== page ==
When I was a first year medical student, no one offered to help me create software (I did it anyway, really simple stuff). In 2017, at Georgetown University School of Medicine, first year medical students go through the software creation lifecycle in a selective “Hacking Healthcare.”
For me, it’s less about what the teams create (because by definition they are exceptional people and will create great things in their lives), and more about the way they create, and the heart and soul they integrate along the way. I could tell in 7 sessions that they learned how to
Tell a story about why something matters
Understand a real business need and how to prototype to it
Work through others to execute on a vision
Collaborate as a group
These are all great skills I know they, their patients, and their communities will appreciate later on. Some people work entire careers to master these.
I don’t know how stealthy the ideas are so I won’t reveal them. I was super impressed at the connection of the ideas to actual health, AND the design ethic that they brought to the work. I can see how a medical school would do well to create a learning experience like this, capture the spirit, and then check to make sure at every step of training that it grows and thrives.
It’s always a pleasure to meet a new generation of MakerDocs, and to meet them under the watchful eye of W. Proctor Harvey, MD, especially when you read what he stood for:
A strong advocate of the human touch in medicine, Dr. Harvey had a gentle bedside manner that extended to shaking hands with every patient and plumping up their hospital-room pillows. He believed modern physicians had become too dependent on technology and other diagnostic tools and had lost the ability to work with patients on a simple, person-to-person level.” – Washington Post, 2007
Earlier in my career, I remember a colleague saying to me, in a challenge to observed, biased behavior, “this is organization x, those things don’t happen here.” He said it with a dismissive chuckle. And yet, it did happen…
One of the authors, Daniel Effron now at London Business School (@lbs), has written another piece more recently which I’ll post on next.
It’s yet-another-place where the professions outside of medicine can teach us a lot, and why shouldn’t they, we need each other, and our patients need us to perform our best for them.
Moral Self-License, a fascinating concept that shapes our actions
When under the threat that their next action might be (or appear to be) morally dubious, individuals can derive confidence from their past moral behavior, such that an impeccable track record increases their propensity to engage in otherwise suspect actions. Such moral self-licensing (Monin & Miller, 2001) occurs when past moral behavior makes people more likely to do poten- tially immoral things without worrying about feeling or appearing immoral.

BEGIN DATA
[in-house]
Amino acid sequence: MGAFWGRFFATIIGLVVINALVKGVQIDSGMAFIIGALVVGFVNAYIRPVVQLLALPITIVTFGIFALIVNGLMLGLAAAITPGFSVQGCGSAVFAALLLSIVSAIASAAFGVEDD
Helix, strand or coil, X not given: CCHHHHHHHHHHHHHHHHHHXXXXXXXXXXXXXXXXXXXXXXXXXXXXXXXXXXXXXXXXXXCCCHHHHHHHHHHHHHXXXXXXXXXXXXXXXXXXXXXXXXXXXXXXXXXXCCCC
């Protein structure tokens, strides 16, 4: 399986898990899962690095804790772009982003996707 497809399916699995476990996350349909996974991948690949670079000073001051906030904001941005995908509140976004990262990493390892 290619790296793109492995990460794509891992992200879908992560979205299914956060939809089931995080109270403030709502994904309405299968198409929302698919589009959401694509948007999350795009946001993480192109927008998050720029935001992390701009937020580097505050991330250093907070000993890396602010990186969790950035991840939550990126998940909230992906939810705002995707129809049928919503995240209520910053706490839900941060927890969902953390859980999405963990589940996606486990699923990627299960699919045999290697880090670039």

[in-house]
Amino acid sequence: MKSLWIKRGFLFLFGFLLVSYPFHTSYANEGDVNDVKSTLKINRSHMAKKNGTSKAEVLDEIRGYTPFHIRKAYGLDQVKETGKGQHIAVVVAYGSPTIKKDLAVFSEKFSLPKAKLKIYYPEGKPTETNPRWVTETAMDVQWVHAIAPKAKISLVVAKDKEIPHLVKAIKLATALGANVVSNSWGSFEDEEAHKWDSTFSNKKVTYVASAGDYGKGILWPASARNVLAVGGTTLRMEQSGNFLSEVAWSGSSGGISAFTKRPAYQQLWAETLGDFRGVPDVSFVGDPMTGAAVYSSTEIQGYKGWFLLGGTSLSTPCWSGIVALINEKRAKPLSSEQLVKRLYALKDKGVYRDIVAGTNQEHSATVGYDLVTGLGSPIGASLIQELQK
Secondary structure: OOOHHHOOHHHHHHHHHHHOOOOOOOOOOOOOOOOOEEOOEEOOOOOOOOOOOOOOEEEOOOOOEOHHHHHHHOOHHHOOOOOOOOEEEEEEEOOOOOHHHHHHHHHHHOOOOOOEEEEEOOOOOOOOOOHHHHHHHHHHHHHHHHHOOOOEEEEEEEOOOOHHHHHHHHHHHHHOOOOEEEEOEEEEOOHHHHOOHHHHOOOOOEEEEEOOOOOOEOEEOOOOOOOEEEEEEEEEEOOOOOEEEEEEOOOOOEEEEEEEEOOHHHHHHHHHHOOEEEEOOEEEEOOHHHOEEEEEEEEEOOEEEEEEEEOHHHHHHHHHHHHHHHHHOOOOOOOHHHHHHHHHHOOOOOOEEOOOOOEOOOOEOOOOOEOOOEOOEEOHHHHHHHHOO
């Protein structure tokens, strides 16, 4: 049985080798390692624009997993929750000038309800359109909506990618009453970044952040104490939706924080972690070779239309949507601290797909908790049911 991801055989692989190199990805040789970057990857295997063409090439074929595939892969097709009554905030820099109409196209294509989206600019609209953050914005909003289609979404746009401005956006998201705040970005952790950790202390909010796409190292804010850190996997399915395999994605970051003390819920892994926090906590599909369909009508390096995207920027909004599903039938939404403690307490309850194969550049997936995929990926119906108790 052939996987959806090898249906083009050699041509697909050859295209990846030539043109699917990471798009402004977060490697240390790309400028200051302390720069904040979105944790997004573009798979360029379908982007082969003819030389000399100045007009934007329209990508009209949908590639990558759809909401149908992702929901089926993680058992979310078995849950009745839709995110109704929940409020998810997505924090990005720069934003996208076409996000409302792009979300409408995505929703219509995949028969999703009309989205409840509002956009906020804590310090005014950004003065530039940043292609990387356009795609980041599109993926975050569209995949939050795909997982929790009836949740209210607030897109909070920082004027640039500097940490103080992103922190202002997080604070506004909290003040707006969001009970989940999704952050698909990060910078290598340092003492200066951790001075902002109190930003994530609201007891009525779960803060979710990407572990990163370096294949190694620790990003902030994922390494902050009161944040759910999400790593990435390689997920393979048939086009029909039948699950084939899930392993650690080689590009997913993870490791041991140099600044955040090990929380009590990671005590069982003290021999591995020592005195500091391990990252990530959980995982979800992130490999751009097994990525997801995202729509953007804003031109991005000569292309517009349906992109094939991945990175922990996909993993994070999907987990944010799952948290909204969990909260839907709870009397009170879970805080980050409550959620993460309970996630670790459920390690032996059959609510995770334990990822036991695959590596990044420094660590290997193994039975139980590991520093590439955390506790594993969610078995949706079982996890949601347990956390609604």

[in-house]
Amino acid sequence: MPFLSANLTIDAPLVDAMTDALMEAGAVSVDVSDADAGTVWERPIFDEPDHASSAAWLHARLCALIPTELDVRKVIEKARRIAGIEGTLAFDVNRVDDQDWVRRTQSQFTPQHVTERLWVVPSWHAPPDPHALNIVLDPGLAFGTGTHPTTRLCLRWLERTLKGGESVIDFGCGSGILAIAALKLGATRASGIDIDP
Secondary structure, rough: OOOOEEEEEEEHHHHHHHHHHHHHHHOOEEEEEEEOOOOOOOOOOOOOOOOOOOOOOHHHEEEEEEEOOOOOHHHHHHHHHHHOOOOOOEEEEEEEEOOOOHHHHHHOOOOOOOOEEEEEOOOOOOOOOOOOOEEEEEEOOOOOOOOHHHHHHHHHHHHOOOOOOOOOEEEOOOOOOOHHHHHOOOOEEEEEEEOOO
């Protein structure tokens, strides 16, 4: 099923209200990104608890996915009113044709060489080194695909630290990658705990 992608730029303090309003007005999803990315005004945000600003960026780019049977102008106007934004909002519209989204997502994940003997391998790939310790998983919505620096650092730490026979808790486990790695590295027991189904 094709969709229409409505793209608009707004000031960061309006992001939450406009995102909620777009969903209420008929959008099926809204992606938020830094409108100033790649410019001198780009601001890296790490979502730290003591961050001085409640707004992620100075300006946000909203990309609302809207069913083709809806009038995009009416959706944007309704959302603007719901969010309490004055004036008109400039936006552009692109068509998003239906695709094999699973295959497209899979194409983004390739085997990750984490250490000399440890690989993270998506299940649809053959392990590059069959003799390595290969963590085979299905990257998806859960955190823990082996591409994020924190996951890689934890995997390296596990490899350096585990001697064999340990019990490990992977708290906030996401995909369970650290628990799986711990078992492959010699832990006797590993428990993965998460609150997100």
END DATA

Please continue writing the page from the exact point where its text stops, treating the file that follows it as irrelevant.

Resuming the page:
Several study situations of note (summarized here, you can review for control situations, etc):
When people expressed support for a Black presidential candidate (Barack Obama), they were more likely to subsequently express bias toward less-qualified White candidates for a police job.
People asked to describe a time in their past when they acted immorally were more likely to endorse prosocial activities such as giving to charities.
The converse situation, people describing a moral act in the past were more likely to cheat on a math task
So there is something about doing (or even thinking) about past behavior that causes people to engage in less-than-virtuous behavior or to minimize the less-than-virtuousness of the behavior.
What does this mean for health care?
There is much public controversy presently around institutions and people who express commitment to an unbiased environment, and yet biased environments persist.
Interestingly, further research shows that there is greater sensitivity to what is seen as hypocrisy by people in the affected, targeted groups, which makes sense. The converse, however, is that people who are not in the targeted groups are less likely to see hypocrisy and license biased behavior, which allows it to persist. This is a difficult problem if the actors and the licensors are all part of the same ingroup – there will be less introspection.
Here’s a reason why this is important
Because, today, medical students feel comfortable explicitly stating bias against lesbian and gay individuals (and even more bias against obese individuals), an atmosphere of moral license (“we don’t do that here, our policies say so”) can allow this to continue.
There appears to be a protective effect in the understanding of a person’s commitment (who they are and what they stand for) versus what they do (progress toward a goal). Labeling is tied into this:
several studies have found that labeling people as ‘‘helpful’’ after they agree to a small request increases their likelihood of acting consistently by agreeing to a subsequent, large request
Value of Listening, Introspection
There are a few more papers that I’m going to summarize here, because this is such a fascinating topic, and frankly, a head scratcher for people in vulnerable groups who observe repeated, biased behavior in people who otherwise are committed to being bias free.